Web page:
Like the rest of the information security world, I have been impressed enough by the 50 days of Lulz. Even if one agrees with the detractors which claim that, after the first PSN hack, the LulzSec releases are of poor quality, it is unquestionable that the crew of the Lulz boat has contributed to make to the world aware, although with controversial methods and purposes, about the risks of data security. Moreover the list of their targets shows that this applies both to private and public inistitutions: from corporations to governments.
However there is another aspect I was particularly impressed by, and it was the war fought behind the scene between the bad guys (the LulzSec team), and the good guys as two main characters: an ethical hacker former military called @th3j35ter (already known also for hactivism) and a team of web sentinels, who called themselves Web Ninjas).
Since other characters played a primary role in this modern war as well (@on3iroi and a group called the A-Team), making the timeline and the scene of the crime further complicated and intriguing, I tried to collect all the possible information and references in the picture below. The whole story looks like a mix between a spaghetti western in modern sauce with a spy story (probably Hollywood scriptwriters should consider it for a movie).
What was the most impressive aspect according to my personal opinion? For sure the use of social media for intelligence purposes. Have a look at the way the first member of LulzSec Team Nakomis, was unmasked by @th3j35t3r. Is it Social Espionage, isn’t it?
Somewhat unexpected after 50 days of, apparently unstoppable chaos, the LulzSec Hacker group decided to haul down the flag of war and navigate to calmer shores, in which they will likely not attack other vessels in the sea of Internet.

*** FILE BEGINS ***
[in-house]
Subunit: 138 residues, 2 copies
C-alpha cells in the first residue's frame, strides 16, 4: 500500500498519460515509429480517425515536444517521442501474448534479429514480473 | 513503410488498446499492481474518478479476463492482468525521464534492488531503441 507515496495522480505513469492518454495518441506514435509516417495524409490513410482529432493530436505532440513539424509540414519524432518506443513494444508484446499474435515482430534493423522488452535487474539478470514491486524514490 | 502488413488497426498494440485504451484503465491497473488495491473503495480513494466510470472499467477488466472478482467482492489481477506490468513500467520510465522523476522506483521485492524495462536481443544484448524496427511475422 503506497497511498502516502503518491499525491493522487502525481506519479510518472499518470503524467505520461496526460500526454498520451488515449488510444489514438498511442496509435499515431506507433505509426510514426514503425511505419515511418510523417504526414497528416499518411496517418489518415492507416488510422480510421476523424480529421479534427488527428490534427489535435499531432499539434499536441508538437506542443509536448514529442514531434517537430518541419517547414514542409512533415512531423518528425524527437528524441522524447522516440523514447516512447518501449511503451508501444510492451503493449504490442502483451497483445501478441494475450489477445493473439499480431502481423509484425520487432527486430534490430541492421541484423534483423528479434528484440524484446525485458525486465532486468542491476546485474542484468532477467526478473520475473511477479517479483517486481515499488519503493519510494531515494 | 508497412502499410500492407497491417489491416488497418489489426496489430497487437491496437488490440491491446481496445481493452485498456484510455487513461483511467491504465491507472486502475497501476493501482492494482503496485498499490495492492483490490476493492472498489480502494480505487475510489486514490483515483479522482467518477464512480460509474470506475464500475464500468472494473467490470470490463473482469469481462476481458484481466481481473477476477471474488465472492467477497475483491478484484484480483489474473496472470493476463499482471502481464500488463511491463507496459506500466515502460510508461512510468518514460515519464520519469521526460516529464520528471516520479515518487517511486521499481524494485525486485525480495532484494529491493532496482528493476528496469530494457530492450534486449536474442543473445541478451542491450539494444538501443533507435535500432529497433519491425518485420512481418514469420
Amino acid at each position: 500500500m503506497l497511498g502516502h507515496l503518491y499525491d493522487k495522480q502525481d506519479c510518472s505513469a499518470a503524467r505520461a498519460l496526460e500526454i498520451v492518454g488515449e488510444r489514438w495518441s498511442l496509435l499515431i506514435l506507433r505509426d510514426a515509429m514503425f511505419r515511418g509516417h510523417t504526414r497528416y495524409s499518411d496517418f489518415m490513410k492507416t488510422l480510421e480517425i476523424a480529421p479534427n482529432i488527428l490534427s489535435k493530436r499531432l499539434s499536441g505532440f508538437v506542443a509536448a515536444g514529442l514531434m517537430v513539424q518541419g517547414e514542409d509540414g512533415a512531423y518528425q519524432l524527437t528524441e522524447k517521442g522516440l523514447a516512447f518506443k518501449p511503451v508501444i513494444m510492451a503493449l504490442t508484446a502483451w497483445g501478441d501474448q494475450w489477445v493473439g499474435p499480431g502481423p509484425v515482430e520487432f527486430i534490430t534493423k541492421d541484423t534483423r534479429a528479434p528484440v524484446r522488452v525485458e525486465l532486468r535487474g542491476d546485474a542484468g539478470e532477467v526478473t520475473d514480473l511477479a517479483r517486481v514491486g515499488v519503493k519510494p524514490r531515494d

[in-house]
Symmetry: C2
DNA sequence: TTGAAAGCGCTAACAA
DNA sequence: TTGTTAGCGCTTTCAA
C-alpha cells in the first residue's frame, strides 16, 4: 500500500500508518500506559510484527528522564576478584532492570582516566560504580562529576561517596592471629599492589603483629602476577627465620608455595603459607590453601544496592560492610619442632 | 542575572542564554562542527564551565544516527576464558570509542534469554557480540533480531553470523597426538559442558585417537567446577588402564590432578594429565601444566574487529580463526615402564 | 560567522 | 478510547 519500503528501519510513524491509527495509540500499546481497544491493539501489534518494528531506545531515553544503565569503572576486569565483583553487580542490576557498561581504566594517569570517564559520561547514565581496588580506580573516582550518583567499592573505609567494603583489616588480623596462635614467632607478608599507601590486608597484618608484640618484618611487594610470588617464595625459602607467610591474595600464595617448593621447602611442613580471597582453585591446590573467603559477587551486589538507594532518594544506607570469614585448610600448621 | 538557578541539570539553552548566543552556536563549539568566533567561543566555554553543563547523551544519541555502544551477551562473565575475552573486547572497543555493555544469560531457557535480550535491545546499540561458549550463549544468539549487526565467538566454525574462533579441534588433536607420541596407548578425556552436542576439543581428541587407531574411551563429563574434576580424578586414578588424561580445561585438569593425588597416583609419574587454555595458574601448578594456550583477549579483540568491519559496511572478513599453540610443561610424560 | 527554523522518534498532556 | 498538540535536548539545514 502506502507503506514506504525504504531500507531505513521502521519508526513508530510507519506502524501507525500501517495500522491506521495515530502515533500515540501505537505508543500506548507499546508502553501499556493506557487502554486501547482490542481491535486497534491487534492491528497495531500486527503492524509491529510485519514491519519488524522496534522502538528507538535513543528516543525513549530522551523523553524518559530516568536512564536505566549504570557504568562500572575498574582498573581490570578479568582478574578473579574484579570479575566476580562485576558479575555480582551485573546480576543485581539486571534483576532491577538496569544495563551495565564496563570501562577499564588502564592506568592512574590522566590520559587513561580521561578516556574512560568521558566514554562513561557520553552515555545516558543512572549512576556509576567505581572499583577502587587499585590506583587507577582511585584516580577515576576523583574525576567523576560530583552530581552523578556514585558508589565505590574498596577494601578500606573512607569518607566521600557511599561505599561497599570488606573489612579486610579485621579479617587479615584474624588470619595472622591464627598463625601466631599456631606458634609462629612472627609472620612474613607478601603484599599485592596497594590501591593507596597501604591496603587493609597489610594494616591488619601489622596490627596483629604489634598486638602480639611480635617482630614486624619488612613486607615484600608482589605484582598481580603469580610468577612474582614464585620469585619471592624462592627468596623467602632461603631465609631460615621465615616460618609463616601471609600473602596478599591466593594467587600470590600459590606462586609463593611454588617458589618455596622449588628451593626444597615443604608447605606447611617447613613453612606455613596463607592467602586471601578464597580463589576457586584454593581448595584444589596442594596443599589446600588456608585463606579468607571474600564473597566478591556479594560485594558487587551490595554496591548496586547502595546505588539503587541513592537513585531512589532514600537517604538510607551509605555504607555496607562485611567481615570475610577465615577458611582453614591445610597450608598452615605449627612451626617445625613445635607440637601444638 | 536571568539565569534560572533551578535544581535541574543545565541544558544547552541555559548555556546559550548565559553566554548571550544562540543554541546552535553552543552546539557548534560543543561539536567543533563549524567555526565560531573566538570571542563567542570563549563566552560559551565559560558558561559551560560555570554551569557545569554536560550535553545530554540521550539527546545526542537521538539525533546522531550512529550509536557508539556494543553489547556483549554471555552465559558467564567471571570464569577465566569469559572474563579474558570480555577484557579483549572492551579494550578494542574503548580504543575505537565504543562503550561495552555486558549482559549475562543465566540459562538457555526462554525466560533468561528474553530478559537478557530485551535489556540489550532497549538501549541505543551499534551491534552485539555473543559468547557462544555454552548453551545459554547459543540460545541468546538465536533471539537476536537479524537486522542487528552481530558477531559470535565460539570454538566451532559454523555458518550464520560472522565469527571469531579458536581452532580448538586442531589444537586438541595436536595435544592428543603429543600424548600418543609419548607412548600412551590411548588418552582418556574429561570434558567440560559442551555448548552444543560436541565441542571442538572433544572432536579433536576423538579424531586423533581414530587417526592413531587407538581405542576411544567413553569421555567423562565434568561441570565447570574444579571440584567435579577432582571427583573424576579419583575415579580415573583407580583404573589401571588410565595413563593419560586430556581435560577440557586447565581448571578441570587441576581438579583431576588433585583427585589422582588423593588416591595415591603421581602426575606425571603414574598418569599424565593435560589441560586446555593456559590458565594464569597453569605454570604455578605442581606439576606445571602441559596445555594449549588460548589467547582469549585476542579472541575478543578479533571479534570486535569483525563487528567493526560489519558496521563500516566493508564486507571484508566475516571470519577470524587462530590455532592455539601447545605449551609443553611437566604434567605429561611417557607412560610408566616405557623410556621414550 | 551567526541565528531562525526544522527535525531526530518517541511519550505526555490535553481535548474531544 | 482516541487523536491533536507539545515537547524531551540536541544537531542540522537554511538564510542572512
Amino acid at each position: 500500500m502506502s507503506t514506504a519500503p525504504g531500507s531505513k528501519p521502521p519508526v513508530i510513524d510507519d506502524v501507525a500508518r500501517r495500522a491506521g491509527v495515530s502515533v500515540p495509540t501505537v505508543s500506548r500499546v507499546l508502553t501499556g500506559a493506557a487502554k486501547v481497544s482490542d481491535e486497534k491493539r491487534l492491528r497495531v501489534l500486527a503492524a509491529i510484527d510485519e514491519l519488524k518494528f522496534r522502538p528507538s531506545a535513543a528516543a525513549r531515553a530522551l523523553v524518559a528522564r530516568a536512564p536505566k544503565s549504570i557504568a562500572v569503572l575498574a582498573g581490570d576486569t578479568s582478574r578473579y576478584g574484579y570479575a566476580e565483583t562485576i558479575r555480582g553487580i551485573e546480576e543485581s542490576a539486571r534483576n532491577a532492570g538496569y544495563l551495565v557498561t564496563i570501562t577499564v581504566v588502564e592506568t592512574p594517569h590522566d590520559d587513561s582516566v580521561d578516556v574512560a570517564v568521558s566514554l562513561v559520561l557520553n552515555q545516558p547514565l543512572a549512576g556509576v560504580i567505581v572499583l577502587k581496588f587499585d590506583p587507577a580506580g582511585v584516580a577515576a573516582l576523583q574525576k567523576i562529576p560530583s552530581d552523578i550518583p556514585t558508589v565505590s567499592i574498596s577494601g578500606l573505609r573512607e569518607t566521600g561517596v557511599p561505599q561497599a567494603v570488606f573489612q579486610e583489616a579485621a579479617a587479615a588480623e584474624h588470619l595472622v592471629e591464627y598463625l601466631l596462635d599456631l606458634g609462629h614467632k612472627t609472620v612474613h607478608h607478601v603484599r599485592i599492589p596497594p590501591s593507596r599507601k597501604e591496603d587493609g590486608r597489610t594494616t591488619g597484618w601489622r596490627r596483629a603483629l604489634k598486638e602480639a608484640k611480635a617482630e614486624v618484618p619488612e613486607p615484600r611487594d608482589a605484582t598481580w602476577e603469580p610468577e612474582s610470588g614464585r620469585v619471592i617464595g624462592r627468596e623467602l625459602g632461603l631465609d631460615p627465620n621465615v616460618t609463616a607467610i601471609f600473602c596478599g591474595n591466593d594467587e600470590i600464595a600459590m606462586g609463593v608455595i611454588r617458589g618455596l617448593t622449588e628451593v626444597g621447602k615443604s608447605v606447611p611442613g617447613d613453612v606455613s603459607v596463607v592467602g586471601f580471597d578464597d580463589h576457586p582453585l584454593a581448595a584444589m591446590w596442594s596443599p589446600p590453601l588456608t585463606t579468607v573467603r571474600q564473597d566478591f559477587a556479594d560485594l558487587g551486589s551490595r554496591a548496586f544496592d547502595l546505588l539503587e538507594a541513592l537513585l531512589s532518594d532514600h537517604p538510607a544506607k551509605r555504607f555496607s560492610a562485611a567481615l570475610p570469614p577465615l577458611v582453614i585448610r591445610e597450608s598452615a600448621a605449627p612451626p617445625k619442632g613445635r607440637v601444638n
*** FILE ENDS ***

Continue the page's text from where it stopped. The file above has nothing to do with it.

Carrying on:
The alleged dissolution of the group, leading the cyber-attacks at the CIA, U.S. Senate, Nintendo, Sony, SOCA, NATO and others, was announced in a statement, entitled 50 days of lulz in which the group has taken responsibility for the events, reviving the glory days of the AntiSec Movement, while claiming not to be permanently tied to the identity of LulzSec.
For the past 50 days we’ve been disrupting and exposing corporations, governments, often the general population itself, and quite possibly everything in between, just because we could. All to selflessly entertain others – vanity, fame, recognition, all of these things are shadowed by our desire for that which we all love. The raw, uninterrupted, chaotic thrill of entertainment and anarchy. It’s what we all crave, even the seemingly lifeless politicians and emotionless, middle-aged self-titled failures. You are not failures. You have not blown away. You can get what you want and you are worth having it, believe in yourself.
Probably this decision was also a consequence of the increasing attention attracted by the group, not only by CIA and FBI (which arrested an alleged 19 years old member of the group, Ryan Cleary, whose real involvement however, is yet to be shown), but also by other hackers: @th3j35t3r, @On3iroi, Web Ninjas and Warv0x (who hacked PBS a second time, just to show that “…LulzSec are just a bunch of script kiddies…”. Against those, in the last days, LulzSec was fighting a war with no holds barred, as in a modern cyberversion of a spaghetti western: on one side the so called good guys trying to unmask the identity of the bad guys with IRC logs leakages, DDOS attacks and anti-LulzSec PHP scripts; on the other side the bad guys claiming the futility of enemy attacks, their poor detective capabilities, and also their “horrible coding” (read this pastebin with the LulzSec fixed version of the PHP script used to scan their domains). At this link the possibile identities of the LulzSec members.
As their last goodbye the LulzSec released a final torrent with data taken from AOL, AT&T, NATO & others.
The motivations of the group can be shared or not, but one thing is certain: the ease with which classified information has been leaked should make us think ….
- The end of LulzSec? Hacking group says it is disbanding, after 50 days of attacks (nakedsecurity.sophos.com)